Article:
I was like all of the other kids at school, just that my doctor was in Cork and not in Dublin, even though I lived in Swords.
He was both my doctor and my brother Paul’s doctor. Before Dr Adrian Brady could become our doctor, we had to do some tests and, if we passed, he could be our doctor.
A lot a kids can suffer nosebleeds but ours were different. Growing up with nosebleeds was normal in my house. Firstly, it wasn’t just me but it was my mam and my brother too. And my aunties and uncles, my granddad, my great grandmother. Alarm bells.
My mam had spent the majority of both her pregnancies in bed with heavy nosebleeds and had to get blood transfusions. When my brother and I arrived, we too started bleeding from a really young age.
In school, I would always have a tissue nearby in case of a bleed. The bleeds didn’t just come when I got a football to the face. They might happen when I was washing my face, when I was warm, when I was dancing. Whenever. We could wake up with blood all over the pillowcase after a bleed during the night, although this was more common for my brother. At school, people would initially be a bit taken back at the sight of blood but, after a while, teachers and friends got used to it.
When I was 11, and Paul was 12, Dr Adrian ran some genetic tests to officially confirm what everyone already knew. His team looked at our family history and checked our lungs and our brains. Along with our parents, Dr Adrian helped to explain to us that we had tested positive for a disorder called hereditary hemorrhagic telangiectasia, or HHT.
HHT is a rare genetic blood vessel disorder that in the US is just as common as cystic fibrosis. This was the same disorder that had been running through my mam’s side of the family. From what I understood, Dr Adrian was the superman of HHT.
I had regular medical appointments throughout my teens and continued to lead a completely normal life. Every now and then, I’d get a nosebleed – not as many as when I was younger – but I was well used to them. At this stage, I knew that I was one of the luckier ones.
Paul, for instance, would be more out of breath than the others when playing football, so the doctors kept a close eye on him. He had more weak blood vessels in his lungs than I did, so the doctors in Cork would undertake routine procedures on his lungs to embolise or “zap” the vessels.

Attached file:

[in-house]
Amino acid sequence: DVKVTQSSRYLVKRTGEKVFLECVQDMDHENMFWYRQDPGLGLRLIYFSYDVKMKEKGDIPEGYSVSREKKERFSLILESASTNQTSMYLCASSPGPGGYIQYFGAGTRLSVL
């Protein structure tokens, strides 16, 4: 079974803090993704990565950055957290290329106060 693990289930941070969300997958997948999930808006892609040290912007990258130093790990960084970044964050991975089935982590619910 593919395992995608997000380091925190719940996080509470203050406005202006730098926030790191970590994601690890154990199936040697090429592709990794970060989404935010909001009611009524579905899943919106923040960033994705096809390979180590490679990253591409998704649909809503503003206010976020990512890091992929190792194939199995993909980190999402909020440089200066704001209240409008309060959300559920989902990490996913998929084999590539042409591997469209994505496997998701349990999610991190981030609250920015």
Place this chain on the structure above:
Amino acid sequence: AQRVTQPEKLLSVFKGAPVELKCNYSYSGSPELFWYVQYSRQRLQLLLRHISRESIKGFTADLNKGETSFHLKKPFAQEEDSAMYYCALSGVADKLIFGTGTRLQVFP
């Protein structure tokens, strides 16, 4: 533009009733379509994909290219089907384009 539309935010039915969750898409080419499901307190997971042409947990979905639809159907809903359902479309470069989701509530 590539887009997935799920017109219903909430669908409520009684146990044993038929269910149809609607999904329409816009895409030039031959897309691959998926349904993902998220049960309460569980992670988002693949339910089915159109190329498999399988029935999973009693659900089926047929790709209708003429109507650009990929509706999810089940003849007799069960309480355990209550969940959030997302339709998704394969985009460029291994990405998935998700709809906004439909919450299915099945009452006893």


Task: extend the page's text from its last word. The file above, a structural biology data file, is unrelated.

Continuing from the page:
If they weren’t zapped, the weak blood vessels could grow and rupture. We were all a little worried but he was always fine and he was literally back up and running a week later and playing like the rest of the team.
The years went by, we finished secondary school and both of us went on to study at Dublin City University. There were certain things that I was told to avoid as they can trigger nosebleeds, such as spicy food and red wine and, because my lungs were affected, I was told never to scuba dive.
At college I was getting far fewer nosebleeds than before, and some of my friends didn’t even know that I had HHT. All was going to plan, until one day it wasn’t.
When I was in Granada, Spain, for my Erasmus year in translation studies, Paul was finishing up his final year studying environmental science. In early June 2012, after finishing his final exams, Paul went to Paris with his girlfriend to spend the month. However, in the early hours of June 8th, he was rushed to hospital when one of the weak blood vessels in his lungs suddenly ruptured. Unfortunately, Paul never lived to see another day in his favourite city. He died at 22 years of age.
This sudden bleed came as a shock to my family and to the HHT specialists both at home and in the international community. It was extremely hard to deal with his death and to see my parents go through the loss of a child. I don’t enjoy recalling this story. In fact, I am reluctant to tell it. I was only 21 and didn’t really know anyone that had been in a similar situation, so that made it harder to talk about. I am 28 now and am very aware that there are other people with rare diseases, and without, that are in a much worse situation than I am. I’m also aware that it’s still perfectly OK for me to feel sad.
Now when I get nosebleeds, they touch a nerve. They remind me of how HHT has changed my life, sometimes for the bad and sometimes for the good. My family found solace in establishing HHT Ireland, a patient-led organisation that supports patients and families with HHT in this country. Through the organisation, we have made great connections, formed lasting friendships and been able to help many other families in Ireland deal with HHT. Paul’s death has shed much-needed light on HHT and has allowed us to raise awareness of the disorder and of how it can be treated.
Since graduating, I’ve moved to Barcelona. I’ve been in contact with HHT España, which has helped me to find an HHT superwoman nearby that treats patients just like me. I’m now in the system here in Spain and am called for regular check-ups to keep an eye.
If someone with HHT has children, there’s a 50/50 chance that they will have HHT. Because of the strand of HHT that I have – there are two strands – if I want to have children in the future and ensure that they do not have HHT, IVF makes that possible. And although this is degenerative disorder, my nosebleeds are continuing to ease off. So, a future with HHT doesn’t look too shabby after all.
Rare Disease Day is a day that I now celebrate. Whether you have HHT or any other rare disease, it’s a great day to learn about rare diseases in Ireland!
An Easyguide to Rare Diseases in Ireland has just been published by the Rare Disease Taskforce to mark Rare Disease Day on Saturday, February 29. To download the Guide, visit Rare Diseases Ireland at rdi.ie.